9 thoughts on “How Python can Turn the Internet into your Dataset: Part 1

  1. I 100% agree with the idea here of teaching legal (and other social science) researchers the value of this sort of easy web data collection. But the problem with this (especially for legal researchers who are expected to be aware of this stuff) is that all of the nfl stats on all of the nfl sites are generated by a single company called ‘Stats LLC’. They, in conjunction with the nfl and the sites to whom they sell the data, attach very strict terms of use to reading the stats, including that you cannot scrape the data and use it as your own. For example, here’s the relevant bit from the nfl.com ToS: “Systematic retrieval of data or other content from the Service, whether to create or compile, directly or indirectly, a collection, compilation, database or directory, is prohibited absent our express prior written consent.” The copyright issues are less clear, but these kinds of ToS seem to be clearly enforceable.

    I’m not pointing this out just to be a pain in the tuckus. I want / need to do this sort of scraping all of the time but am often hamstrung by the ToS. To some degree, if you are only doing this sort of thing as a personal project you may be safe simply because you’ll fly under the radar. But to the degree that you are doing this sort of thing as a research project and trying to publish repeatable results, the terms of service are a serious impediment.

    This is a serious issue with using the web as data for publishable research and visualizations. The web may seem like a giant, open repository of data ready for easy grabbing with 100 line python scripts. But there are often real legal hurdles to actually using the data that is tantalizingly within reach.

    I also have a specific interest in nfl statistics. I actually spent a month of my life writing a much more involved version of what you’ve done above to capture the complete play by play data from nfl.com (much more than 100 lines!), but I dropped the project largely because I didn’t feel safe publishing the resulting data. I’ve been bouncing around in my head the possibility of building a site to support the community production nfl stats precisely so that folks would have an open set of nfl data with which to work.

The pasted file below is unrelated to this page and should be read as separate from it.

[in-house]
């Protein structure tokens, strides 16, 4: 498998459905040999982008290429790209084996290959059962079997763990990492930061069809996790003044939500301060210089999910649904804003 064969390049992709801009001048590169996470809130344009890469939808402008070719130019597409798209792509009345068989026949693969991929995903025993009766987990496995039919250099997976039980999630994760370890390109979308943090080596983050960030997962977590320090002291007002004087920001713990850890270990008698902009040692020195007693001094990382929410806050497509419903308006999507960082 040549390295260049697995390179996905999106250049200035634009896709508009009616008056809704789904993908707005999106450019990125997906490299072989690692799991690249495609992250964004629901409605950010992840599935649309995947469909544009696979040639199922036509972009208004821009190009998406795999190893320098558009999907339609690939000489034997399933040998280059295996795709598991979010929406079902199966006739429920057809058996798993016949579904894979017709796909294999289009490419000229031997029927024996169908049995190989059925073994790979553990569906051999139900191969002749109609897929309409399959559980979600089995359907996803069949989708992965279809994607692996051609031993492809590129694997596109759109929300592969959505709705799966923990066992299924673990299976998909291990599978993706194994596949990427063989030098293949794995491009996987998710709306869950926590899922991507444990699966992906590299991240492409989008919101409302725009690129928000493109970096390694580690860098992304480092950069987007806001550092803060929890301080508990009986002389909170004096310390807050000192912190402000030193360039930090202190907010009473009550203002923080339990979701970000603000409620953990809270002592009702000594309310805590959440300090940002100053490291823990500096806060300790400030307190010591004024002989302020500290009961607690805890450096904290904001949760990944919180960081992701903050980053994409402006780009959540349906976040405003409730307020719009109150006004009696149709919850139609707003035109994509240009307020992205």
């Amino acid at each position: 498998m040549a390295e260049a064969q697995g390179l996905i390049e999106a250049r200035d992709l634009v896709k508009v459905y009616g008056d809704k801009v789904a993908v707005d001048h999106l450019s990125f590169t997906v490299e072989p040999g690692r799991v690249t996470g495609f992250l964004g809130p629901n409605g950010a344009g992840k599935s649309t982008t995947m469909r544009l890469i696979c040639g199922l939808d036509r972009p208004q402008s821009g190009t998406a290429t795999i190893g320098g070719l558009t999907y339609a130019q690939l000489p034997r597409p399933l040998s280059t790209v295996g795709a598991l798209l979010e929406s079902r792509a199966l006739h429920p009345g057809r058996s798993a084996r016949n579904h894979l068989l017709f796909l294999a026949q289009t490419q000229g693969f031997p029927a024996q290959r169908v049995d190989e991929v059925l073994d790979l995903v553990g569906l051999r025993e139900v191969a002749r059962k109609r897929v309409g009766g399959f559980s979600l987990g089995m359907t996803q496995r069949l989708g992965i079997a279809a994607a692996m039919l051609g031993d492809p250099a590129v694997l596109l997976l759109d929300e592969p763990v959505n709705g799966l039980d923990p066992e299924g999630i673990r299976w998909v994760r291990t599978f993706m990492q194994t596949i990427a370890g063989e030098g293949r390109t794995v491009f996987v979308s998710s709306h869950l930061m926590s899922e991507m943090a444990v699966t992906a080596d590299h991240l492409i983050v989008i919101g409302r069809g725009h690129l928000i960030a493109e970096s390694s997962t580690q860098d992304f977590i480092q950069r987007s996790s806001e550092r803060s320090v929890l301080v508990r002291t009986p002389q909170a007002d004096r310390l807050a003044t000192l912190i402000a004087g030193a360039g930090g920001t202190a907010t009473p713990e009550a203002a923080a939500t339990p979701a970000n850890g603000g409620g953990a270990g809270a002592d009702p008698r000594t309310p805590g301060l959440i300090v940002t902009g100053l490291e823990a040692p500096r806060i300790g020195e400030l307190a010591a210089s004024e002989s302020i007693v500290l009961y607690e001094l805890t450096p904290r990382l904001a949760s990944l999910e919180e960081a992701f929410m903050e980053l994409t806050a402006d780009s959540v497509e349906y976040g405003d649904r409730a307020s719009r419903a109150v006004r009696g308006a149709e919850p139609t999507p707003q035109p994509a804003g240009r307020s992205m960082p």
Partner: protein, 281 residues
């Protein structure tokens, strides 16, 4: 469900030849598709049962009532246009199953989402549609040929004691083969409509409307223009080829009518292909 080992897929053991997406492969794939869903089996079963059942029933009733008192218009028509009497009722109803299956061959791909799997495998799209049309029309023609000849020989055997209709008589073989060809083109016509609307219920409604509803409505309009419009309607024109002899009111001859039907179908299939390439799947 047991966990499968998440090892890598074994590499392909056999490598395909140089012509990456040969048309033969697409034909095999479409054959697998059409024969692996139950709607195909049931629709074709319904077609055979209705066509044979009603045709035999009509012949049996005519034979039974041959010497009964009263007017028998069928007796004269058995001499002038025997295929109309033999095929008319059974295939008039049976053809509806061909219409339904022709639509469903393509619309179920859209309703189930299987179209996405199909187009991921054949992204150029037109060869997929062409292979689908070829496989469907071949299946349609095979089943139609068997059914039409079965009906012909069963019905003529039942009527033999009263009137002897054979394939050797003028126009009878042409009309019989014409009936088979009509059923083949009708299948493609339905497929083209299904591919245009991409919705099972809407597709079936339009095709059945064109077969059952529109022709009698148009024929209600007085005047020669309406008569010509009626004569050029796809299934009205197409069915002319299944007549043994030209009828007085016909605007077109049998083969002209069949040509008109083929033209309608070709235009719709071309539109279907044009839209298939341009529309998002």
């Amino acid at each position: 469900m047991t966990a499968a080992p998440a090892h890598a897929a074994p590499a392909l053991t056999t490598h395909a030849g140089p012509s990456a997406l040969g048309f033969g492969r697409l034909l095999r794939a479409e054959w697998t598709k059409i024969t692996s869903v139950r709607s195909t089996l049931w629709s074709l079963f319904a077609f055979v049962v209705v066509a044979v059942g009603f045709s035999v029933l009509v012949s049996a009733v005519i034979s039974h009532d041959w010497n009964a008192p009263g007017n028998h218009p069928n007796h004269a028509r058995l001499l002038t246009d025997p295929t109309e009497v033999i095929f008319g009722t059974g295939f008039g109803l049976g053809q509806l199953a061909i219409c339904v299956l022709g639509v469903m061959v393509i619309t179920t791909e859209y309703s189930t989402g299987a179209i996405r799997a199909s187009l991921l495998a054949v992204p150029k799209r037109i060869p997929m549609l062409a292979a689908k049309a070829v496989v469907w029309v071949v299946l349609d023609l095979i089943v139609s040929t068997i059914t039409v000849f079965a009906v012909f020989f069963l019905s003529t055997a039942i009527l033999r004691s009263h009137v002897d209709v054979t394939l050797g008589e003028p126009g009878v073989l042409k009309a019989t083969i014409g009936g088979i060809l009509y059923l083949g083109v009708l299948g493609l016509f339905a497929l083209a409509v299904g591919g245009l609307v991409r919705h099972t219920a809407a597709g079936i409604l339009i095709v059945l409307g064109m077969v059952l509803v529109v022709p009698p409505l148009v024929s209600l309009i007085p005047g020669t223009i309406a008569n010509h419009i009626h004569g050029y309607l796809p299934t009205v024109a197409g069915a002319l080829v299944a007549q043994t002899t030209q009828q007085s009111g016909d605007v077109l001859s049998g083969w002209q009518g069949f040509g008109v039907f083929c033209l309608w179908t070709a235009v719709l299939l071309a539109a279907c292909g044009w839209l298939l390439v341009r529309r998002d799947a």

2. Very elegant!

    My favorite part is that you do everything with the baseline packages, showing the power of regex + Python.

    Updated my post at ZIA to include a link here, looking forward to part 2.

  3. @Hal Roberts
    You raise excellent points with respect to the legal constraints on this kind of research. I’ll probably be emailing you in the next few days to pick your brain as to the most current trajectory of legal standing here.

    One thing I will say though is that these examples are mostly pedagogical – that is, the only way to teach PhD’s how to do this is to dangle the content carrot in front of them. Most research these students often perform down the line takes place on governmental or non-profits/NGO/academic sites, where the legal framework is much different.

  4. Check out BeautifulSoup, it is the bomb and it makes scraping baseball info a lot easier, b/c I’ve used it for that…

  5. then use xpaths and get the href for the first result something like this

    Pretty much as simple as that.

  6. Istead of all that you can just use xpath and search and get the href for the first result something like this:*

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